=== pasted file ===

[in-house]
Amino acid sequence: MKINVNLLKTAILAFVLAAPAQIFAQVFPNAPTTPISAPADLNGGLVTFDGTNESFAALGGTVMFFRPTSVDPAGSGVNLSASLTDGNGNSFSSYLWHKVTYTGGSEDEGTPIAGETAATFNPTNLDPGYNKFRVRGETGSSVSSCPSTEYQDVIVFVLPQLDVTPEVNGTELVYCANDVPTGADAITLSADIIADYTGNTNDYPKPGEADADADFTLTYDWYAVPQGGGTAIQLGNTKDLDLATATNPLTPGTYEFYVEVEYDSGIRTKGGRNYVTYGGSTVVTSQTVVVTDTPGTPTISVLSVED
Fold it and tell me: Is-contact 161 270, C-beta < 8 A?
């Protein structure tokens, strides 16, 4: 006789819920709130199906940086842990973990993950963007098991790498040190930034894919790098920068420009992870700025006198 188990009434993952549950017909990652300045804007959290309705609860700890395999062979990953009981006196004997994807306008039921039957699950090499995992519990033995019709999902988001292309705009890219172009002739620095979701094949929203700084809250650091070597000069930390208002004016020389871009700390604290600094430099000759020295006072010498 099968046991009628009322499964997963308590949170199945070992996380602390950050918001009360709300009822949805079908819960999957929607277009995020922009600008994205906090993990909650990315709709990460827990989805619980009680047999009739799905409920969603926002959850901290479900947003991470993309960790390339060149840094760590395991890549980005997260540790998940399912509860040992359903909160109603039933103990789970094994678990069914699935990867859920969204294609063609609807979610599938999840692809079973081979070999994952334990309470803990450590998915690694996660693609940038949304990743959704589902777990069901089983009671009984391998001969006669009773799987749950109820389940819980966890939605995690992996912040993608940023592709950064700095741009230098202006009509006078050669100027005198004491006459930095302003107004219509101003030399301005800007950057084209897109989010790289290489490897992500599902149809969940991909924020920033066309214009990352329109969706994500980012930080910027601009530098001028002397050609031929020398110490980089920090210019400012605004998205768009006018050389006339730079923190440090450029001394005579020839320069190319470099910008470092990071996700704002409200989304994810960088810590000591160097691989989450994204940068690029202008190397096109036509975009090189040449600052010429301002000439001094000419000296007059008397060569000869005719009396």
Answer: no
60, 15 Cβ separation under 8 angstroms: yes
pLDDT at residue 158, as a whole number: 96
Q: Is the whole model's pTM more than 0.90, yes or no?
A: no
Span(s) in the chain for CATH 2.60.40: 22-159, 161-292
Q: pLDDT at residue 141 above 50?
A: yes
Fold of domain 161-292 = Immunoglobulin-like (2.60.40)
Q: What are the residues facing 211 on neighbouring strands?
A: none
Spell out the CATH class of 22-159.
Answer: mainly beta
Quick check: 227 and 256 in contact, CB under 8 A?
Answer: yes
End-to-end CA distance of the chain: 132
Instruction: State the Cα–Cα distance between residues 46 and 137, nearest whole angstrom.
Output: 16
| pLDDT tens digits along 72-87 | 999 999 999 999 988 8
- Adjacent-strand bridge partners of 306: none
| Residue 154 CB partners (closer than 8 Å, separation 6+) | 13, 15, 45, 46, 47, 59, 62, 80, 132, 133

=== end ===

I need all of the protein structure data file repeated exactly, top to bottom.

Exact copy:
[in-house]
Amino acid sequence: MKINVNLLKTAILAFVLAAPAQIFAQVFPNAPTTPISAPADLNGGLVTFDGTNESFAALGGTVMFFRPTSVDPAGSGVNLSASLTDGNGNSFSSYLWHKVTYTGGSEDEGTPIAGETAATFNPTNLDPGYNKFRVRGETGSSVSSCPSTEYQDVIVFVLPQLDVTPEVNGTELVYCANDVPTGADAITLSADIIADYTGNTNDYPKPGEADADADFTLTYDWYAVPQGGGTAIQLGNTKDLDLATATNPLTPGTYEFYVEVEYDSGIRTKGGRNYVTYGGSTVVTSQTVVVTDTPGTPTISVLSVED
Fold it and tell me: Is-contact 161 270, C-beta < 8 A?
């Protein structure tokens, strides 16, 4: 006789819920709130199906940086842990973990993950963007098991790498040190930034894919790098920068420009992870700025006198 188990009434993952549950017909990652300045804007959290309705609860700890395999062979990953009981006196004997994807306008039921039957699950090499995992519990033995019709999902988001292309705009890219172009002739620095979701094949929203700084809250650091070597000069930390208002004016020389871009700390604290600094430099000759020295006072010498 099968046991009628009322499964997963308590949170199945070992996380602390950050918001009360709300009822949805079908819960999957929607277009995020922009600008994205906090993990909650990315709709990460827990989805619980009680047999009739799905409920969603926002959850901290479900947003991470993309960790390339060149840094760590395991890549980005997260540790998940399912509860040992359903909160109603039933103990789970094994678990069914699935990867859920969204294609063609609807979610599938999840692809079973081979070999994952334990309470803990450590998915690694996660693609940038949304990743959704589902777990069901089983009671009984391998001969006669009773799987749950109820389940819980966890939605995690992996912040993608940023592709950064700095741009230098202006009509006078050669100027005198004491006459930095302003107004219509101003030399301005800007950057084209897109989010790289290489490897992500599902149809969940991909924020920033066309214009990352329109969706994500980012930080910027601009530098001028002397050609031929020398110490980089920090210019400012605004998205768009006018050389006339730079923190440090450029001394005579020839320069190319470099910008470092990071996700704002409200989304994810960088810590000591160097691989989450994204940068690029202008190397096109036509975009090189040449600052010429301002000439001094000419000296007059008397060569000869005719009396």
Answer: no
60, 15 Cβ separation under 8 angstroms: yes
pLDDT at residue 158, as a whole number: 96
Q: Is the whole model's pTM more than 0.90, yes or no?
A: no
Span(s) in the chain for CATH 2.60.40: 22-159, 161-292
Q: pLDDT at residue 141 above 50?
A: yes
Fold of domain 161-292 = Immunoglobulin-like (2.60.40)
Q: What are the residues facing 211 on neighbouring strands?
A: none
Spell out the CATH class of 22-159.
Answer: mainly beta
Quick check: 227 and 256 in contact, CB under 8 A?
Answer: yes
End-to-end CA distance of the chain: 132
Instruction: State the Cα–Cα distance between residues 46 and 137, nearest whole angstrom.
Output: 16
| pLDDT tens digits along 72-87 | 999 999 999 999 988 8
- Adjacent-strand bridge partners of 306: none
| Residue 154 CB partners (closer than 8 Å, separation 6+) | 13, 15, 45, 46, 47, 59, 62, 80, 132, 133